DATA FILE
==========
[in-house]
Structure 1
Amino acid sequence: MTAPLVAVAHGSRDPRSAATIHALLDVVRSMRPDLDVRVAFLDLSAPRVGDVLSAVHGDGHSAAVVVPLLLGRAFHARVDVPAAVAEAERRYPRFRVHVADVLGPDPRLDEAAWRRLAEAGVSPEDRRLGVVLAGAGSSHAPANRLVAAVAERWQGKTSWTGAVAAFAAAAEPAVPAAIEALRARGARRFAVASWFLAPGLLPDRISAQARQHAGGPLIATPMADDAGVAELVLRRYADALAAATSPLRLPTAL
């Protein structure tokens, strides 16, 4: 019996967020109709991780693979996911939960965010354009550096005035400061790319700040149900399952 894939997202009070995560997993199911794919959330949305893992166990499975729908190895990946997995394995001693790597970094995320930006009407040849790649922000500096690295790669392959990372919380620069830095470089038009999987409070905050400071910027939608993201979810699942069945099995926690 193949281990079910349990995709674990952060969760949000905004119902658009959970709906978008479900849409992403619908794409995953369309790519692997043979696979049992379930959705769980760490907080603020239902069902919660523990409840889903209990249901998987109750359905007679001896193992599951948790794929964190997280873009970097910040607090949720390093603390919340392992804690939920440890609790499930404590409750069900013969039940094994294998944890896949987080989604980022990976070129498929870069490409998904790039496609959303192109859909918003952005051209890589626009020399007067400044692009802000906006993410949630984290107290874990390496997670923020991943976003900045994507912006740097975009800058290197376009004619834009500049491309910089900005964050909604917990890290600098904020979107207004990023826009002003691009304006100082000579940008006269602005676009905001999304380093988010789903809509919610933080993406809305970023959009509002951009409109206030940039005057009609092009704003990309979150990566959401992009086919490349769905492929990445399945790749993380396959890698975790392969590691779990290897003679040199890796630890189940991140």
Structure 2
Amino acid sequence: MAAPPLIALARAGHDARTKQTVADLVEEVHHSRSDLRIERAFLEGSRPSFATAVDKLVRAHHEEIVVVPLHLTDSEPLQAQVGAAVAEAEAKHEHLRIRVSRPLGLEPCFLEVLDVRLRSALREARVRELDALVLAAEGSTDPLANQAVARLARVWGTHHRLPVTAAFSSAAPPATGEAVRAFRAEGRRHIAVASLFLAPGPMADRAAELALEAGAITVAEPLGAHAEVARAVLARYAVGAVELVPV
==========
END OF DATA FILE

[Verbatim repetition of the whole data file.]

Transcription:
[in-house]
Structure 1
Amino acid sequence: MTAPLVAVAHGSRDPRSAATIHALLDVVRSMRPDLDVRVAFLDLSAPRVGDVLSAVHGDGHSAAVVVPLLLGRAFHARVDVPAAVAEAERRYPRFRVHVADVLGPDPRLDEAAWRRLAEAGVSPEDRRLGVVLAGAGSSHAPANRLVAAVAERWQGKTSWTGAVAAFAAAAEPAVPAAIEALRARGARRFAVASWFLAPGLLPDRISAQARQHAGGPLIATPMADDAGVAELVLRRYADALAAATSPLRLPTAL
């Protein structure tokens, strides 16, 4: 019996967020109709991780693979996911939960965010354009550096005035400061790319700040149900399952 894939997202009070995560997993199911794919959330949305893992166990499975729908190895990946997995394995001693790597970094995320930006009407040849790649922000500096690295790669392959990372919380620069830095470089038009999987409070905050400071910027939608993201979810699942069945099995926690 193949281990079910349990995709674990952060969760949000905004119902658009959970709906978008479900849409992403619908794409995953369309790519692997043979696979049992379930959705769980760490907080603020239902069902919660523990409840889903209990249901998987109750359905007679001896193992599951948790794929964190997280873009970097910040607090949720390093603390919340392992804690939920440890609790499930404590409750069900013969039940094994294998944890896949987080989604980022990976070129498929870069490409998904790039496609959303192109859909918003952005051209890589626009020399007067400044692009802000906006993410949630984290107290874990390496997670923020991943976003900045994507912006740097975009800058290197376009004619834009500049491309910089900005964050909604917990890290600098904020979107207004990023826009002003691009304006100082000579940008006269602005676009905001999304380093988010789903809509919610933080993406809305970023959009509002951009409109206030940039005057009609092009704003990309979150990566959401992009086919490349769905492929990445399945790749993380396959890698975790392969590691779990290897003679040199890796630890189940991140």
Structure 2
Amino acid sequence: MAAPPLIALARAGHDARTKQTVADLVEEVHHSRSDLRIERAFLEGSRPSFATAVDKLVRAHHEEIVVVPLHLTDSEPLQAQVGAAVAEAEAKHEHLRIRVSRPLGLEPCFLEVLDVRLRSALREARVRELDALVLAAEGSTDPLANQAVARLARVWGTHHRLPVTAAFSSAAPPATGEAVRAFRAEGRRHIAVASLFLAPGPMADRAAELALEAGAITVAEPLGAHAEVARAVLARYAVGAVELVPV